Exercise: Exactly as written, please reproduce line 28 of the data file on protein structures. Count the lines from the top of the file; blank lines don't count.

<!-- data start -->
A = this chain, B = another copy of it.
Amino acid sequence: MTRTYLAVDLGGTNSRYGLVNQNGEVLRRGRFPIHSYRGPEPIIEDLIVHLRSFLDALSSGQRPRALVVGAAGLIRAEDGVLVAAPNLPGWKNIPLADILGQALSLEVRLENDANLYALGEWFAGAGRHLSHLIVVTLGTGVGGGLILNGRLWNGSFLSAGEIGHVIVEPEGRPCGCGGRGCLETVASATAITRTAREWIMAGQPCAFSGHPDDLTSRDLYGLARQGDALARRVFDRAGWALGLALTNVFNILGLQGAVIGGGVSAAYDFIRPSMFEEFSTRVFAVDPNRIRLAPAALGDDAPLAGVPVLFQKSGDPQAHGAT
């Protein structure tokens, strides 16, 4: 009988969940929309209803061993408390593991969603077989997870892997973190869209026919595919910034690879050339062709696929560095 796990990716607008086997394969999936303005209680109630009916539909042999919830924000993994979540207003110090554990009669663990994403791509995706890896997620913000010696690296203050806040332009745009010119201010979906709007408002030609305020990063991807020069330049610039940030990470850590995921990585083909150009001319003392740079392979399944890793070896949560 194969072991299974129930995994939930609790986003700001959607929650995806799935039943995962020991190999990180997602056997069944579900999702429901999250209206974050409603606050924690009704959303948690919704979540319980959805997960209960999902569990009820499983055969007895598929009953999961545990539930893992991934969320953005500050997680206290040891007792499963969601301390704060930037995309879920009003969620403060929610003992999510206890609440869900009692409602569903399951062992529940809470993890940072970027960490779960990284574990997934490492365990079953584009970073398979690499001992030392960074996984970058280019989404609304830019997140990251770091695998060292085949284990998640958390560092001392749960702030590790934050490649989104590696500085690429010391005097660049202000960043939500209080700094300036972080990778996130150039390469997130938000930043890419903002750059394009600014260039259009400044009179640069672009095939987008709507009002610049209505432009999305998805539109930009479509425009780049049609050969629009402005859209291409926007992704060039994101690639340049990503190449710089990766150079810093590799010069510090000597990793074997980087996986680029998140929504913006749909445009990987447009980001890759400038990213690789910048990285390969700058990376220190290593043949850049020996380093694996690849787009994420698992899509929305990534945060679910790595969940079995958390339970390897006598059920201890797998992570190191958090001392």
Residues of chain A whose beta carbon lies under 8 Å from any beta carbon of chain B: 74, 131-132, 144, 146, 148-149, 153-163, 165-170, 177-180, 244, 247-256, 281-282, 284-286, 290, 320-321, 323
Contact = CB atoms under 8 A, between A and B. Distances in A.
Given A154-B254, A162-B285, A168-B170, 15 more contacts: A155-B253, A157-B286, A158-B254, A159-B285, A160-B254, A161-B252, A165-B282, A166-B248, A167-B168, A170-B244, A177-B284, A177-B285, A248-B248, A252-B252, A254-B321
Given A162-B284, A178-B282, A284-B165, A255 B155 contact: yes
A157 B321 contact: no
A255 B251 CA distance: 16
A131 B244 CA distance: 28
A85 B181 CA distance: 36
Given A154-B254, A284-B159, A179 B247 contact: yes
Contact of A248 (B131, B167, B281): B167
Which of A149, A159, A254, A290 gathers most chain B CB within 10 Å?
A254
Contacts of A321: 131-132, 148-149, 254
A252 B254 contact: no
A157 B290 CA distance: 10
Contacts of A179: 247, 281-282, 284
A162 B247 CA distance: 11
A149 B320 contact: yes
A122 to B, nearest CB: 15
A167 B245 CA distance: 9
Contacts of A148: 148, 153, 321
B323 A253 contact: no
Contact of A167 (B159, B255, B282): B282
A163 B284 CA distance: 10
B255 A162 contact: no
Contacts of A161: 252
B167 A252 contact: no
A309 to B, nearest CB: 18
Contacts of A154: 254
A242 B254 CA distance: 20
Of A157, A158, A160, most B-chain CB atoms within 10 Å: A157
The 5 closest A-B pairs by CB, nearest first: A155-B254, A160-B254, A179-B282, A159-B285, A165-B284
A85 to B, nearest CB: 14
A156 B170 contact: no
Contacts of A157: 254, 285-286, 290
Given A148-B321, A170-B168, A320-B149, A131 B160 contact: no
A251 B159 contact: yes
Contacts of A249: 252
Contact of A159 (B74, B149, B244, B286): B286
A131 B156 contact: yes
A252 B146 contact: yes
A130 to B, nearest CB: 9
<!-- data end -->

B255 A162 contact: no